How many people do you know wear contact lenses to correct blurry vision? Chances are, you can probably name at least a handful—you may even be one of them. When it comes to correcting blurry vision, the alternative to spending a lifetime fumbling with contacts is LASIK (laser-assisted in situ keratomileusis), otherwise known as laser eye surgery. Recent studies have shown that, thanks to technological advances in the area of eye health, LASIK is now an equally effective tool for improving blurry vision caused by both nearsightedness and farsightedness.
Because the terms LASIK and “laser eye surgery” sound like serious, invasive procedures, many people often assume that it poses greater risks than wearing contacts everyday. But the truth is LASIK is no more dangerous than wearing contact lenses for blurry vision.
Contact lenses have generally been accepted and promoted by eye health professionals as a safe and convenient means of improving blurry vision. A contact lens is basically a thin, transparent plastic lens that is placed over the cornea of each eye. Contact lenses correct blurry vision from nearsightedness or farsightedness the same way that eyeglasses do, by altering the direction of light rays so that light is properly focused onto your retina.
Contact users usually receive a short briefing from an eye health specialist with basic instructions on how to use and care for their lenses, and then they’re sent on their way. Unfortunately, many people who wear contacts for blurry vision neglect the importance of eye health and often fail to follow the instructions. Some of the most common mistakes are as simple as sleeping with the contacts in overnight, leaving them in longer than recommended, and rinsing them with tap water—all of these can increase the risk of a bacterial infection. In fact, one in every 100 contact wearers is at a high risk for developing a critical eye infection, which not only causes blurry vision, but can also lead to vision loss.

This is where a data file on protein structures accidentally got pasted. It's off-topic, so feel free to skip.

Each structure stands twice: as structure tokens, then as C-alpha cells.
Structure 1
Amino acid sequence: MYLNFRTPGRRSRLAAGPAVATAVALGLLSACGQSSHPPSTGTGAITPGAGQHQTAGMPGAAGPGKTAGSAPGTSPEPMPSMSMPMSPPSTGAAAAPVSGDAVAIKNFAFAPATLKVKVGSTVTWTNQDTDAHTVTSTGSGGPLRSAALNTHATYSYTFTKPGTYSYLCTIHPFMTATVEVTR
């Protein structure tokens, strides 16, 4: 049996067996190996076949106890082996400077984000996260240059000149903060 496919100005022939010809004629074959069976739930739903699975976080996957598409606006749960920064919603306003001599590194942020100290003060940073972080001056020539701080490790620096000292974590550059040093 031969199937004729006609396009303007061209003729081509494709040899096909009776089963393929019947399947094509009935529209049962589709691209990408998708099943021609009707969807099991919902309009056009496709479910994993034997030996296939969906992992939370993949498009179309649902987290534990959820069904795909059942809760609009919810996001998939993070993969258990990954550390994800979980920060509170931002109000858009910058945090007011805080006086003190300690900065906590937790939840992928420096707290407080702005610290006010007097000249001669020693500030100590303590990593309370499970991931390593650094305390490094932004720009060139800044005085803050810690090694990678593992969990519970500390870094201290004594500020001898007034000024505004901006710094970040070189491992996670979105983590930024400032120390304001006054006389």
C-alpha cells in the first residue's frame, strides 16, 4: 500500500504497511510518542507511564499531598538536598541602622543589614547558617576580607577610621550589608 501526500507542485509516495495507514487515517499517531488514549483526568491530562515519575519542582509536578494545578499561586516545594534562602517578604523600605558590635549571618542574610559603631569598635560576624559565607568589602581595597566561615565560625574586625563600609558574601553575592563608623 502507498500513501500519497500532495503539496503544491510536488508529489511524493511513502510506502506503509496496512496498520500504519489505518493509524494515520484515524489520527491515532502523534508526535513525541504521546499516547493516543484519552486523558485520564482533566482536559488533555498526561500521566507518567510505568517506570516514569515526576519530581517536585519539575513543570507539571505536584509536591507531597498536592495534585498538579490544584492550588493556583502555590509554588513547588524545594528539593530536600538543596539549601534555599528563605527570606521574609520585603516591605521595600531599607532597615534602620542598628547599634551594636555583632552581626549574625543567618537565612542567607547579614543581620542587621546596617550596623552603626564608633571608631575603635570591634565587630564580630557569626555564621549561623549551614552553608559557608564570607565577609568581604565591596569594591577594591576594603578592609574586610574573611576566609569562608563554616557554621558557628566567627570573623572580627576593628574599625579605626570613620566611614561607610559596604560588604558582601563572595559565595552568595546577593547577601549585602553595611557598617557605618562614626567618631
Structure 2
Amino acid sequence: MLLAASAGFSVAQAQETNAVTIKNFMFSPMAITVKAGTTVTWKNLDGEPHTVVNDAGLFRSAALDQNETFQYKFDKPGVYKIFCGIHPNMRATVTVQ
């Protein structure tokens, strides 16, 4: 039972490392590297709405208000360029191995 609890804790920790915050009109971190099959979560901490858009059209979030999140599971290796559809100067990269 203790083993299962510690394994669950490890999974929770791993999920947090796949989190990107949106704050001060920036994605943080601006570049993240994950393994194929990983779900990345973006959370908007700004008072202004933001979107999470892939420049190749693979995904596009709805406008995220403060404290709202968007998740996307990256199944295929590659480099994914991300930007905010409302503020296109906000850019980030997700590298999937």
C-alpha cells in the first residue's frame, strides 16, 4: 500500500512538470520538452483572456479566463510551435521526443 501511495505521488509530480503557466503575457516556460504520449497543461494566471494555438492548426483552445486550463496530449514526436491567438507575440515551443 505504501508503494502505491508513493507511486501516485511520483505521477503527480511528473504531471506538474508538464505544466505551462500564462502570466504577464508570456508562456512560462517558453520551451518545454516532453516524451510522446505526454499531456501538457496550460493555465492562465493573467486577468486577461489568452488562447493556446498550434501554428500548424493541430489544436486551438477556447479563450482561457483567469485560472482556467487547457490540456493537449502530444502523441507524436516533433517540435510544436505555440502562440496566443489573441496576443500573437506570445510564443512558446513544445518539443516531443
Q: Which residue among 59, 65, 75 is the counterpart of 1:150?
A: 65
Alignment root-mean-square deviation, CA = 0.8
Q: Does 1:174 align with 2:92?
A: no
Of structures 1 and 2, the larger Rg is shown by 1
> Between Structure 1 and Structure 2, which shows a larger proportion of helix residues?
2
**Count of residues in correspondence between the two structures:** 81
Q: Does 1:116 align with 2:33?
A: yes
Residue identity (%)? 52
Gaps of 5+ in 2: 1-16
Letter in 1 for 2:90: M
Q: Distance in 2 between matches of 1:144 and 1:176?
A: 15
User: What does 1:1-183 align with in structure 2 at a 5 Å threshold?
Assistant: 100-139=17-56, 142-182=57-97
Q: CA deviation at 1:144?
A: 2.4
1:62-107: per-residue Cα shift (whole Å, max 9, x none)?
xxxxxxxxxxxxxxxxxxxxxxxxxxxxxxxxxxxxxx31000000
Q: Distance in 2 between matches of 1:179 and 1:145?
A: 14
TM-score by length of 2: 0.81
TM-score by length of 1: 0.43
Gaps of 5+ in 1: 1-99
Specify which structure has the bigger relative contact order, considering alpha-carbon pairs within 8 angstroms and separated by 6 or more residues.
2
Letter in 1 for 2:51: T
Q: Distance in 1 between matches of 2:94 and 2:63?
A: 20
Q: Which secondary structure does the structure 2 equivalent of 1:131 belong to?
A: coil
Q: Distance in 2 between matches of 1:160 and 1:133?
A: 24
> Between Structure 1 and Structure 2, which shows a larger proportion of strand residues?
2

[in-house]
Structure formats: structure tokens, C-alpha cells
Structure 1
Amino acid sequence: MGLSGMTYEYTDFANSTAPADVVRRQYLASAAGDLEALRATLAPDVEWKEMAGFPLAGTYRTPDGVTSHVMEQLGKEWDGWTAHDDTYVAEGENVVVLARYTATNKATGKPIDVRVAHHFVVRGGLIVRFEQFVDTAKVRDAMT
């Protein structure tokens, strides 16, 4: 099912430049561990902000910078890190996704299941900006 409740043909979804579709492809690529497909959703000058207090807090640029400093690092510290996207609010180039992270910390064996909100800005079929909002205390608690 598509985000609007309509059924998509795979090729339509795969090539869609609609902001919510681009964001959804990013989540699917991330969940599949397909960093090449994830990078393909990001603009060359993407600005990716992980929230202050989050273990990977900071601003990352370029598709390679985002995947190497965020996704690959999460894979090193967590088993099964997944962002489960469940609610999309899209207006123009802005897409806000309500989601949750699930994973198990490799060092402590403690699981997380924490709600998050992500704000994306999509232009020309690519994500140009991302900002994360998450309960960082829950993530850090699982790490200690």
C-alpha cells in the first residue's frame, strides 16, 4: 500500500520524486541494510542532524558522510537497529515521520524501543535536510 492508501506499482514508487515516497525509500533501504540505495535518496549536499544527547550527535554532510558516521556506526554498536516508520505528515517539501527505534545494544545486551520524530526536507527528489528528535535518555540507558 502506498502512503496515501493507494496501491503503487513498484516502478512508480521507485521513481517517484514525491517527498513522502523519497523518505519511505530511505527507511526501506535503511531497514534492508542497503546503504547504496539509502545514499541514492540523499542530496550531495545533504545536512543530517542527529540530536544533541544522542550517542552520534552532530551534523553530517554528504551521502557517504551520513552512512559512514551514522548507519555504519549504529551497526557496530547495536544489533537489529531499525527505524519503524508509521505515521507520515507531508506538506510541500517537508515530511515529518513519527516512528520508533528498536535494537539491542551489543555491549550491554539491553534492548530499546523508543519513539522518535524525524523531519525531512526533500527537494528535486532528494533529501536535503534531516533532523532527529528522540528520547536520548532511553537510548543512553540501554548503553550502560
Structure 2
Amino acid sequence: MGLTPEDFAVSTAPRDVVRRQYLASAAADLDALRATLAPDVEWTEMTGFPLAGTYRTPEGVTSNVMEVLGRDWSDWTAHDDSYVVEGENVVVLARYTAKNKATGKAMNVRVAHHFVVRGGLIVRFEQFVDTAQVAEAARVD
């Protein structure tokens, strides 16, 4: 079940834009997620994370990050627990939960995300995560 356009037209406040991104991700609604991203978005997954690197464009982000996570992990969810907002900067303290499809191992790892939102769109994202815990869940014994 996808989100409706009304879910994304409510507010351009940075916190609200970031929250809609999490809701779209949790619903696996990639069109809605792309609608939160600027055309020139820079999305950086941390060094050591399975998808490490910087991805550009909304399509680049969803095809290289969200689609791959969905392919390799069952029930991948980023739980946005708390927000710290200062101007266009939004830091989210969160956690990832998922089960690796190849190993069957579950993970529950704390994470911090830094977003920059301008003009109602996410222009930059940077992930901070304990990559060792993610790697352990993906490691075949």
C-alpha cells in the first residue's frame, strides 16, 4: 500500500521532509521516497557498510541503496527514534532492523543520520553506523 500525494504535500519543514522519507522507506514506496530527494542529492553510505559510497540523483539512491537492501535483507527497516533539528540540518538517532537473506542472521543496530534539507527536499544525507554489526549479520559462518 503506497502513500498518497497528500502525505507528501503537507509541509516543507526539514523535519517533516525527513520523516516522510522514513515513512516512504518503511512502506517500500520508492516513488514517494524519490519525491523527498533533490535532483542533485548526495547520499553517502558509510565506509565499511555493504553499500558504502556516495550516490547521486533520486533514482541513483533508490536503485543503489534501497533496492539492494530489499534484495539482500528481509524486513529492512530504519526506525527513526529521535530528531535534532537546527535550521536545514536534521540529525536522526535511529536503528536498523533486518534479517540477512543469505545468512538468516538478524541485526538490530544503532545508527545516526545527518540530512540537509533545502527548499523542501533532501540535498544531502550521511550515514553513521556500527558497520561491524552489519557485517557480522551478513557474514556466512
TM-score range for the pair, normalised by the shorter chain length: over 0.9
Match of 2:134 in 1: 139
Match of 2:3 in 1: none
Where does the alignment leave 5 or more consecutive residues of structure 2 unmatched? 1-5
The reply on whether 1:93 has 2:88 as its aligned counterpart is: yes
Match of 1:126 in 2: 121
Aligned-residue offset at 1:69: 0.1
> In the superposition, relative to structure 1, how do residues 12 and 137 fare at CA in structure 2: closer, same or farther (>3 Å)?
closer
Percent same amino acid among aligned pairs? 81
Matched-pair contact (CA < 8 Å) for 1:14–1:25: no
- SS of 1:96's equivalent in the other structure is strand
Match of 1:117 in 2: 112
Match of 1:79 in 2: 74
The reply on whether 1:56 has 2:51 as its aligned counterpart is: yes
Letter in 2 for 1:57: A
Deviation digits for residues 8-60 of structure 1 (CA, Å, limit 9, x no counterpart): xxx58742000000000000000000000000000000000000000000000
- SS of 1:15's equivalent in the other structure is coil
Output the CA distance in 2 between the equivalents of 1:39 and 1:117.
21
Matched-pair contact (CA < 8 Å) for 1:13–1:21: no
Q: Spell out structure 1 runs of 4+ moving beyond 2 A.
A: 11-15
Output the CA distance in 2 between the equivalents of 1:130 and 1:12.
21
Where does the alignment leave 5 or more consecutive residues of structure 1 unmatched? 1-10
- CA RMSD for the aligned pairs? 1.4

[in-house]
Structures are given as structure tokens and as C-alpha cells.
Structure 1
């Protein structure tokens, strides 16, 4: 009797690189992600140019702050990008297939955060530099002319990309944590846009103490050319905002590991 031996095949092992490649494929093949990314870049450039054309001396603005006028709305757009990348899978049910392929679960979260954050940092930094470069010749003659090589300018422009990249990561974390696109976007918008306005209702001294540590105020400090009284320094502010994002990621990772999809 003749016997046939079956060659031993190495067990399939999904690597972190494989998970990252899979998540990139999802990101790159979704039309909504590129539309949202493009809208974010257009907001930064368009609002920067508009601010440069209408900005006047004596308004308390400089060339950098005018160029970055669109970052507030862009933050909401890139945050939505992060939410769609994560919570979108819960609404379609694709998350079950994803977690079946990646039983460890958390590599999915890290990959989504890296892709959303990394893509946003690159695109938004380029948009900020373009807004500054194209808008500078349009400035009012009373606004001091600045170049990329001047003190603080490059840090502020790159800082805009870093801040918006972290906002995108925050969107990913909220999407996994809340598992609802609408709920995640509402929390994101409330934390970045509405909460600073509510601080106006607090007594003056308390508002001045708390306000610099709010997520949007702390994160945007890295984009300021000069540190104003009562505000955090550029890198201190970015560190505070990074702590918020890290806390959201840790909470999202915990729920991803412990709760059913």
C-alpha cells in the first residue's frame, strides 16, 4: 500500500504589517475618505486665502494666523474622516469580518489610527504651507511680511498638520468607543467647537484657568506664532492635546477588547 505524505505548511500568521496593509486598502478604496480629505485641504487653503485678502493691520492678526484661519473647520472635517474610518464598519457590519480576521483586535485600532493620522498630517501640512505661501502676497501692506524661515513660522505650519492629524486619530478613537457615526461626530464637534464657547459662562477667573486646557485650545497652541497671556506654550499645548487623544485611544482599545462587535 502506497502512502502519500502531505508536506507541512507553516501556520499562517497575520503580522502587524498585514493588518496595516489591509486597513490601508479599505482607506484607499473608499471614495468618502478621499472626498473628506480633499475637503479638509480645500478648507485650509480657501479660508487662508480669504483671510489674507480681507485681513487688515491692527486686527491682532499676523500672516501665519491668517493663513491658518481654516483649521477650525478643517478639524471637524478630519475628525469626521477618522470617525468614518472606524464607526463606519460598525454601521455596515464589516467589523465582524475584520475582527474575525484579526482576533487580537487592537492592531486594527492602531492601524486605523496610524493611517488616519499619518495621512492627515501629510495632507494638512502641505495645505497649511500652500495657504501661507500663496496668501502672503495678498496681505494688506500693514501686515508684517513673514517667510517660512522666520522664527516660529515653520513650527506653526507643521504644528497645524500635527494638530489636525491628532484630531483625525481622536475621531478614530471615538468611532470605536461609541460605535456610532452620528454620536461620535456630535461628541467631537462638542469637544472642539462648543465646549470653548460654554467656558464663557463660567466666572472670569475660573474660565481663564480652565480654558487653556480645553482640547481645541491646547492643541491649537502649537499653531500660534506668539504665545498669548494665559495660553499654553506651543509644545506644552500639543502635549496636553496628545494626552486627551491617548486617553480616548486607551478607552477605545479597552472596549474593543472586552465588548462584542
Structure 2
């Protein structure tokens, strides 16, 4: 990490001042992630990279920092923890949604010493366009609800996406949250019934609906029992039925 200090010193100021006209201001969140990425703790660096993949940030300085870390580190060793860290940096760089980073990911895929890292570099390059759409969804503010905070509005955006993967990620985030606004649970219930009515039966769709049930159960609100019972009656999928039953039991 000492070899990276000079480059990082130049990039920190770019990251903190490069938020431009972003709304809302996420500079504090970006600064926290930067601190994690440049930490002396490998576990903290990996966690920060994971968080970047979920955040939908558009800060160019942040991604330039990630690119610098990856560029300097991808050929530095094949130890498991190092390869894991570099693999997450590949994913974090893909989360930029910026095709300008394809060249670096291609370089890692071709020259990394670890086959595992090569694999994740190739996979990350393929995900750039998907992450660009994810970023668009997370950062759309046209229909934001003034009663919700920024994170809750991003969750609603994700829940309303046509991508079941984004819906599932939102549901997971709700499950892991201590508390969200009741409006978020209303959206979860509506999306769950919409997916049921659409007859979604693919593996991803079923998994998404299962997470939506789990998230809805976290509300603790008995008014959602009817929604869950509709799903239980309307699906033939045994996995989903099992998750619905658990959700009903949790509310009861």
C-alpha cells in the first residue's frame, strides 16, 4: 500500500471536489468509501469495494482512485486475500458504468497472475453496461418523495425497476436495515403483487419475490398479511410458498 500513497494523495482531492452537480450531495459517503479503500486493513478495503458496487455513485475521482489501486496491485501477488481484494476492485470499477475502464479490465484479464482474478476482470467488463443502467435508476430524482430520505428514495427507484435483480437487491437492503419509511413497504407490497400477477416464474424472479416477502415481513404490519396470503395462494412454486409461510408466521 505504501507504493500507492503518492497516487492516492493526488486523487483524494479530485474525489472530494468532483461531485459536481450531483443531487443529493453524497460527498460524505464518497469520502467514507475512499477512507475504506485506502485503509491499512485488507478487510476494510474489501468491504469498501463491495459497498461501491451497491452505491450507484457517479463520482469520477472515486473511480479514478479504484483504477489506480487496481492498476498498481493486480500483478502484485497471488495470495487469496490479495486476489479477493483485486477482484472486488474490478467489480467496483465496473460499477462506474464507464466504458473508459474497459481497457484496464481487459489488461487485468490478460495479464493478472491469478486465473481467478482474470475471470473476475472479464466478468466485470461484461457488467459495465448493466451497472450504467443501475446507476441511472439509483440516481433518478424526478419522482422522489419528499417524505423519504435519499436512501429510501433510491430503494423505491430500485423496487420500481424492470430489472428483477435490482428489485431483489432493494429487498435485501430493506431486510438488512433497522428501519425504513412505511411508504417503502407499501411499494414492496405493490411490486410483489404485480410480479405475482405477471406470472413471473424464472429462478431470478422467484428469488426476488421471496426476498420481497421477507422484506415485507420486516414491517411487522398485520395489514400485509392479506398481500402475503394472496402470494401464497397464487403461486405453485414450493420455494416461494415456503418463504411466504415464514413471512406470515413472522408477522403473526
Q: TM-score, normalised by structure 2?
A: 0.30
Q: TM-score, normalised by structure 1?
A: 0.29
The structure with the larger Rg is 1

When you take these risks into consideration, today’s LASIK procedure isn’t any more dangerous. LASIK does have risks, however, and they should always be discussed with your surgeon. But this does clear the misconception that specialized laser eye surgery is more dangerous than wearing contacts to improve blurry vision.
Advancements in eye health and LASIK technology have allowed for significant improvements over the years, reducing the prevalence of many of the side effects that were once associated with LASIK. Today, LASIK is performed using refractive surgery, which corrects blurry vision by using a laser to change the shape of your cornea so that light can better reflect onto the retina.
New eye-tracking technology has eliminated the problems of patients’ involuntary eye movements during the surgery, which has improved the procedure’s ability to correct blurry vision. Studies have also found that LASIK has become a much safer option for blurry vision correction because so many more doctors and eye health professionals are now better trained and have become more skilled at performing laser eye surgery.
If you’re considering LASIK to correct your blurry vision, keep in mind that it will set you back an average of $2,000.00 per eye, which is steep compared to the average $250.00 cost of a year’s supply of contact lenses. At the end of the day, the choice is yours, but as the research has shown, LASIK isn’t as scary as it sounds when it comes to clearing your blurry vision.
Ackermann, R., et al., “Optical side-effects of fs-laser treatment in refractive surgery investigated by means of a model eye,” Biomedical Optics Express 2013; 4(2): 220-229.
“How Contacts Work,” All About Vision web site; https://www.allaboutvision.com/contacts/faq/how-contacts-work.htm, last accessed July 18, 2013.
“Laser Eye Surgery for Vision Correction,” Health Canada web site; https://www.hc-sc.gc.ca/hl-vs/iyh-vsv/med/surgery-chirurgie-eng.php, last accessed July 18, 2013.
”Lasik vs Contact Lenses,” Casey Eye Institute web site; https://www.ohsu.edu/xd/health/services/casey-eye/clinical-services/laser-vision-correction/lasikvscontacts.cfm, last accessed July 18, 2013.
Mathers, M.D., et al., “Risk of Lasik Surgery vs Contact Lenses,” Archives of Ophthalmology 2006; 124(10): 1510-1511.